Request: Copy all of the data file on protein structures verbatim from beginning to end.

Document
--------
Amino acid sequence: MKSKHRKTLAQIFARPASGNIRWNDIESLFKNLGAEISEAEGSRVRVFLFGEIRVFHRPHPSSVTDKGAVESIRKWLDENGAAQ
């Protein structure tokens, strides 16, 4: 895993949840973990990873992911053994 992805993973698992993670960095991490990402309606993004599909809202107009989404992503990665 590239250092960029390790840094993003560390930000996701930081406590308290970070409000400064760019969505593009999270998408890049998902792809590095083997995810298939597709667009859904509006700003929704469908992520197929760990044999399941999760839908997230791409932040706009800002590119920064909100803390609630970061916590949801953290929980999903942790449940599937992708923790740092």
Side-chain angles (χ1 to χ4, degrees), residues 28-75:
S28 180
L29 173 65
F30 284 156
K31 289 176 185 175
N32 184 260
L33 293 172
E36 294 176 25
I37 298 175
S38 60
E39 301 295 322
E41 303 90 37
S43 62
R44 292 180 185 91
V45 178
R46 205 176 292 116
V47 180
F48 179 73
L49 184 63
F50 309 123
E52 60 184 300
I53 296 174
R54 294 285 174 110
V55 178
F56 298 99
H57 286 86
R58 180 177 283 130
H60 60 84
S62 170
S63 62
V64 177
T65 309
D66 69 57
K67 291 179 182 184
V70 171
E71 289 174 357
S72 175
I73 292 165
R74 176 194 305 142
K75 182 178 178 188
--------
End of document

Amino acid sequence: MKSKHRKTLAQIFARPASGNIRWNDIESLFKNLGAEISEAEGSRVRVFLFGEIRVFHRPHPSSVTDKGAVESIRKWLDENGAAQ
């Protein structure tokens, strides 16, 4: 895993949840973990990873992911053994 992805993973698992993670960095991490990402309606993004599909809202107009989404992503990665 590239250092960029390790840094993003560390930000996701930081406590308290970070409000400064760019969505593009999270998408890049998902792809590095083997995810298939597709667009859904509006700003929704469908992520197929760990044999399941999760839908997230791409932040706009800002590119920064909100803390609630970061916590949801953290929980999903942790449940599937992708923790740092």
Side-chain angles (χ1 to χ4, degrees), residues 28-75:
S28 180
L29 173 65
F30 284 156
K31 289 176 185 175
N32 184 260
L33 293 172
E36 294 176 25
I37 298 175
S38 60
E39 301 295 322
E41 303 90 37
S43 62
R44 292 180 185 91
V45 178
R46 205 176 292 116
V47 180
F48 179 73
L49 184 63
F50 309 123
E52 60 184 300
I53 296 174
R54 294 285 174 110
V55 178
F56 298 99
H57 286 86
R58 180 177 283 130
H60 60 84
S62 170
S63 62
V64 177
T65 309
D66 69 57
K67 291 179 182 184
V70 171
E71 289 174 357
S72 175
I73 292 165
R74 176 194 305 142
K75 182 178 178 188